We came into this campaign knowing that it would be really difficult to obtain sufficient nominations but we knew we had to try. The support we received from rank and file party members and from trade unionists was just overwhelming but we still could not overcome the barrier of gaining sufficient support from Labour MPs.

I appealed to the party leadership to lower the qualifying bar to allow all the candidates on the ballot paper. It was perfectly possible within the existing rules for this to be done. Reducing the bar to 5% would have allowed all the declared candidates to get on the ballot paper and the Party to have a full and open debate about its future direction. The party hierarchy refused and instead threw its weight behind one candidate.

I know that many Labour activists and trade unionists will be disappointed.

I want to thank you for all your hard work in lobbying and campaigning to secure sufficient nominations to get me on the ballot paper. You could not have worked harder.

I am urging everyone to continue the fight for democracy within the party so that in future elections rank and file members will be represented by the candidate of their choice.

We must also now throw our energies into the campaign to resist the cuts that the Coalition government is launching against our community. Providing leadership in this struggle is critically important in this coming period. We will be convening rallies and demonstrations and linking up with trade union action to resist the cuts. Let’s rise to this challenge.

Yours in solidarity,

John McDonnell MP

Last week at my union, Unite's conference in Manchester, Labour's acting leader Harriet Harman said:

"Over the next few months with our labour party members and our trade union supporters, 4 million people will have the chance to help shape Britain’s progressive future by choosing the next leader of the Labour party. This will be the biggest election - by a mile - in any political party or any organisation in this country. This is not the block vote – this is about millions of trade union members - people at work in of thousands of workplaces up and down the country – each one of them having a vote".

Harriet Harman's speech is worth reading in full as a reminder of what sort of rhetoric Labour is still capable of, now that its back in opposition, and when speaking to trades unionists, in this case members of the union for which her partner Jack Dromey, now a Labour MP, worked for so long.

Harman appealed to working class feeling, and readiness to oppose the Tories, but harking back again to those ideas about advancing disadvantaged sections of people by promoting individuals, she also expressed the view that the next shadow cabinet ought to be made up 50-50, of male and female. (Does that mean if a person who happened to be female was also well-worth including for her talents and qualifications, she could not be added if that would exceed the 50 per cent?) Harman has nominated Diane Abbott, though as with Frank Field's nomination of John McDonnell, nomination is not a guarantee that the nominee will get your vote).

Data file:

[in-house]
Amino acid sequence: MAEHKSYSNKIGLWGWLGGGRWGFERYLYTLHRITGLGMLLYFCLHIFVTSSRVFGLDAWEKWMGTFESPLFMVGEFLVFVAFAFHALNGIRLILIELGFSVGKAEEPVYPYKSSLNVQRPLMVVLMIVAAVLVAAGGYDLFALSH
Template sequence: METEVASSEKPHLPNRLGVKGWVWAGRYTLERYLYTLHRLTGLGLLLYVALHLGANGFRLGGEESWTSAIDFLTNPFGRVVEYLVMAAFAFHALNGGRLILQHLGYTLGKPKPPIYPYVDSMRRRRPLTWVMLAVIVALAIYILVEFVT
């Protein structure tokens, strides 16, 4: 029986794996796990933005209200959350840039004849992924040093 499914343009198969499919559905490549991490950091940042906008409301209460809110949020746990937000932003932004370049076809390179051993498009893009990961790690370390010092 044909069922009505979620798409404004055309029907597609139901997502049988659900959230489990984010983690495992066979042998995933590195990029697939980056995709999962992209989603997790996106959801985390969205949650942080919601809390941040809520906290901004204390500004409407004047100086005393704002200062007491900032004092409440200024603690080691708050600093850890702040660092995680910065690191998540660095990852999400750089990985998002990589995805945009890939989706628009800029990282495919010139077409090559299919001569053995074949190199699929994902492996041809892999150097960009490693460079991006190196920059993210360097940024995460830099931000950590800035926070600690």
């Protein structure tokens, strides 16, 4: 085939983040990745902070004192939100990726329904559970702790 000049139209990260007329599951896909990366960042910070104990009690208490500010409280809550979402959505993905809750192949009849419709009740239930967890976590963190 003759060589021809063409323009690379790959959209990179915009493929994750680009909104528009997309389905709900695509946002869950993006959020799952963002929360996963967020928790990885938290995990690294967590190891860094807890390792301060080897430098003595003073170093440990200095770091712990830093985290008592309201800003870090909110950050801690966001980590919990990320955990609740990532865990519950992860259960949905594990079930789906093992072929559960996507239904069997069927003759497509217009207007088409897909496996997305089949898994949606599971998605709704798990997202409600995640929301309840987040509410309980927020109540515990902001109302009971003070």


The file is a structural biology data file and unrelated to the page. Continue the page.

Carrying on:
It is a sad day for Labour when a genuine socialist like John McDonnell felt he had to drop out of the leadership contest. Considering the respect and support he could obtain from anti-war activists and ordinary trades unionists, I wonder, with him no longer in the running, how many of the four million cited by Harriet Harman will be actually bothering to vote? I dare say many of John's supporters will now be voting for Diane Abbott, as he is recommending, but it will be an unenthusiastic vote for second-best.

For me, the important thing is in that last sentence of John McDonnell's letter, about leadership in the struggle against the Tory cuts. Of course, I never felt confident that John McDonnell was going to be elected leader of the Labour Party. But I had hoped a substantial vote for him and his policies would signal a willingness to fight, and be a shot across the bows of the Con-LibDem government, and the New Labour leftovers alike. It might have added a boost to confidence in coming struggles, and even made our union leaders put up more of a fight.

As it is, we have been denied that opportunity, and Labour leadership voters will have to make do with second-best. But while the Labour leadership contest is not yet over, the fight back against this government has only just begun. And at least we will have the satisfaction of knowing that in John McDonnell, our struggle will continue to have one parliamentary voice.